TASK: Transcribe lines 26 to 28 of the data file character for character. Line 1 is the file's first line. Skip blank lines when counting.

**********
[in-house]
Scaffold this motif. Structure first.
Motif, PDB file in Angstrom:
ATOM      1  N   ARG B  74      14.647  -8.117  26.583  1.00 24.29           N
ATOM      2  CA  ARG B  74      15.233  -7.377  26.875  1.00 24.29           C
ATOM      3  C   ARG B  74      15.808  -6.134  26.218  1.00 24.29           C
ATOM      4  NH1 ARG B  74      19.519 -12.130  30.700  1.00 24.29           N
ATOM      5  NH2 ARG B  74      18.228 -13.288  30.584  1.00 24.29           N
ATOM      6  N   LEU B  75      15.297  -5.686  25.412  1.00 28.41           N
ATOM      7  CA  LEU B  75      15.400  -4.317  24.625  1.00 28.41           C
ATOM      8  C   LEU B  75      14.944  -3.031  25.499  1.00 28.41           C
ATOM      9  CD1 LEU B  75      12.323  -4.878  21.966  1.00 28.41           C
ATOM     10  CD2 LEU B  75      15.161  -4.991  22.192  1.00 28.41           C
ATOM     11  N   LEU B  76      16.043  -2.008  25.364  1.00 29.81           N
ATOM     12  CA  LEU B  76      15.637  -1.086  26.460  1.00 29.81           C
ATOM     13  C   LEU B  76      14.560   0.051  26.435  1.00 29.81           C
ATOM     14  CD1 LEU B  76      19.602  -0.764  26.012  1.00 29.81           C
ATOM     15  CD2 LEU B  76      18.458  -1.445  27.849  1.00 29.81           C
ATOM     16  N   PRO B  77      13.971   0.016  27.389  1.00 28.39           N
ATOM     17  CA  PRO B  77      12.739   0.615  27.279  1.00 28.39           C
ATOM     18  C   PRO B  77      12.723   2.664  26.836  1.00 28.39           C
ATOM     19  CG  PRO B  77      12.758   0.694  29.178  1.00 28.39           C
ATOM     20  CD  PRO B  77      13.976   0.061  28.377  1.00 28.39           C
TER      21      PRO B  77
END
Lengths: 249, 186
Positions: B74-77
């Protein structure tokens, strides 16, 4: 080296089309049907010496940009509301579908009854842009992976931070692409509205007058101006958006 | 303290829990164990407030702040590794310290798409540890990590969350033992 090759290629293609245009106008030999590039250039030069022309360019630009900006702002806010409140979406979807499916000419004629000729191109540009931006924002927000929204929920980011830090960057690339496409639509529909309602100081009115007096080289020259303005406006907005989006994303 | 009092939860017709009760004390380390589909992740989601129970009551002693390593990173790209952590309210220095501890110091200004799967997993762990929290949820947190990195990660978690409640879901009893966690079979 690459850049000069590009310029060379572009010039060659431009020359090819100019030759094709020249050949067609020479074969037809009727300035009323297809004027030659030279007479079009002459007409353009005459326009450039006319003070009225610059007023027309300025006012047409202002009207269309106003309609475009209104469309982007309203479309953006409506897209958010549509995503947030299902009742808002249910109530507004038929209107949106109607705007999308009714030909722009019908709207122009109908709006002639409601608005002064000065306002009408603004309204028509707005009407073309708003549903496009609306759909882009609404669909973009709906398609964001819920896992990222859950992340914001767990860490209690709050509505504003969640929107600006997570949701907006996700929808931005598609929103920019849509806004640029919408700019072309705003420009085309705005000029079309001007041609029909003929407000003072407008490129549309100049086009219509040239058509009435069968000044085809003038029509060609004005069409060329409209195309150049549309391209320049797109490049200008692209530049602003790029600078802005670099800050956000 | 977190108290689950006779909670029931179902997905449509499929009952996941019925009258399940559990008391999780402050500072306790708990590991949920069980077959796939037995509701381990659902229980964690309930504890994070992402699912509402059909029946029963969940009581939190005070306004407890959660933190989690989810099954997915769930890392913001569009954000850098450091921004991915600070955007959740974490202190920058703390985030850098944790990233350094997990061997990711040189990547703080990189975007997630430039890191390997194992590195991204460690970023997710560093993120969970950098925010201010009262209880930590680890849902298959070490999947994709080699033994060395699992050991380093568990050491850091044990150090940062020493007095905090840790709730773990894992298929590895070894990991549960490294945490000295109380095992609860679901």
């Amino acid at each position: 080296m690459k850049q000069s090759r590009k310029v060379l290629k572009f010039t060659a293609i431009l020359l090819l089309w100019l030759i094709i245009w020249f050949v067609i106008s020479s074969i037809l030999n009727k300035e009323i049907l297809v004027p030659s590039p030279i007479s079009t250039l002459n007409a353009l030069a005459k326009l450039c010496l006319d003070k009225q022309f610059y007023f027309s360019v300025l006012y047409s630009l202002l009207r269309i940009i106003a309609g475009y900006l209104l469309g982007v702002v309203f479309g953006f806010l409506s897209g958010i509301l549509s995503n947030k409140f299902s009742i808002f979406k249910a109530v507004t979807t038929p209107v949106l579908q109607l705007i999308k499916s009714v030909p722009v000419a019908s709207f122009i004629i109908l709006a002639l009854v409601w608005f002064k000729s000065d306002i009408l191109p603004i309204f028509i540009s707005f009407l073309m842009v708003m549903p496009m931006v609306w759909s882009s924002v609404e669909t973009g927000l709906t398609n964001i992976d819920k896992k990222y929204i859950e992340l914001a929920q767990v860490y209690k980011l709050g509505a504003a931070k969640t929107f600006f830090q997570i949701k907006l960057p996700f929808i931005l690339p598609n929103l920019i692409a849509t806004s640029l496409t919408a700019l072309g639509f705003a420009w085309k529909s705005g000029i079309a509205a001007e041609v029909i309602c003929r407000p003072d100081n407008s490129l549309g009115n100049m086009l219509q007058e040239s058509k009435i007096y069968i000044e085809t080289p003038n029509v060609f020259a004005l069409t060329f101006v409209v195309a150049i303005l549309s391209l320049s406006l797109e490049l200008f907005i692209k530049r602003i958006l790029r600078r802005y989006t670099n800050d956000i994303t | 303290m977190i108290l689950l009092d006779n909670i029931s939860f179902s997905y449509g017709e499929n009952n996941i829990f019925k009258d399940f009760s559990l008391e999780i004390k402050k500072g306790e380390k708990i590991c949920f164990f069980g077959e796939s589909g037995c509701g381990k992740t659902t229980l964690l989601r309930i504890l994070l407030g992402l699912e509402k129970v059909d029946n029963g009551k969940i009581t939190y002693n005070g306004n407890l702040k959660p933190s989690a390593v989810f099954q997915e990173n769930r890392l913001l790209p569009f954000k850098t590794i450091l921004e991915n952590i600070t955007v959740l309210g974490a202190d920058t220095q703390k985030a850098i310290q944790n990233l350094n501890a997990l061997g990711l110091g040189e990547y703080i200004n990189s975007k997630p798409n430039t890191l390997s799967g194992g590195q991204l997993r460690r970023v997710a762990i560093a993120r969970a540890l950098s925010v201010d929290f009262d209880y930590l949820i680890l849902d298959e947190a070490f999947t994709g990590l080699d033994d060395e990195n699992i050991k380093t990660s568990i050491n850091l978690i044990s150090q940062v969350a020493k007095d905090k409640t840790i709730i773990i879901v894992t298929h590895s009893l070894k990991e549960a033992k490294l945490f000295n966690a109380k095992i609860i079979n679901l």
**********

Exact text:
Lengths: 249, 186
Positions: B74-77
């Protein structure tokens, strides 16, 4: 080296089309049907010496940009509301579908009854842009992976931070692409509205007058101006958006 | 303290829990164990407030702040590794310290798409540890990590969350033992 090759290629293609245009106008030999590039250039030069022309360019630009900006702002806010409140979406979807499916000419004629000729191109540009931006924002927000929204929920980011830090960057690339496409639509529909309602100081009115007096080289020259303005406006907005989006994303 | 009092939860017709009760004390380390589909992740989601129970009551002693390593990173790209952590309210220095501890110091200004799967997993762990929290949820947190990195990660978690409640879901009893966690079979 690459850049000069590009310029060379572009010039060659431009020359090819100019030759094709020249050949067609020479074969037809009727300035009323297809004027030659030279007479079009002459007409353009005459326009450039006319003070009225610059007023027309300025006012047409202002009207269309106003309609475009209104469309982007309203479309953006409506897209958010549509995503947030299902009742808002249910109530507004038929209107949106109607705007999308009714030909722009019908709207122009109908709006002639409601608005002064000065306002009408603004309204028509707005009407073309708003549903496009609306759909882009609404669909973009709906398609964001819920896992990222859950992340914001767990860490209690709050509505504003969640929107600006997570949701907006996700929808931005598609929103920019849509806004640029919408700019072309705003420009085309705005000029079309001007041609029909003929407000003072407008490129549309100049086009219509040239058509009435069968000044085809003038029509060609004005069409060329409209195309150049549309391209320049797109490049200008692209530049602003790029600078802005670099800050956000 | 977190108290689950006779909670029931179902997905449509499929009952996941019925009258399940559990008391999780402050500072306790708990590991949920069980077959796939037995509701381990659902229980964690309930504890994070992402699912509402059909029946029963969940009581939190005070306004407890959660933190989690989810099954997915769930890392913001569009954000850098450091921004991915600070955007959740974490202190920058703390985030850098944790990233350094997990061997990711040189990547703080990189975007997630430039890191390997194992590195991204460690970023997710560093993120969970950098925010201010009262209880930590680890849902298959070490999947994709080699033994060395699992050991380093568990050491850091044990150090940062020493007095905090840790709730773990894992298929590895070894990991549960490294945490000295109380095992609860679901």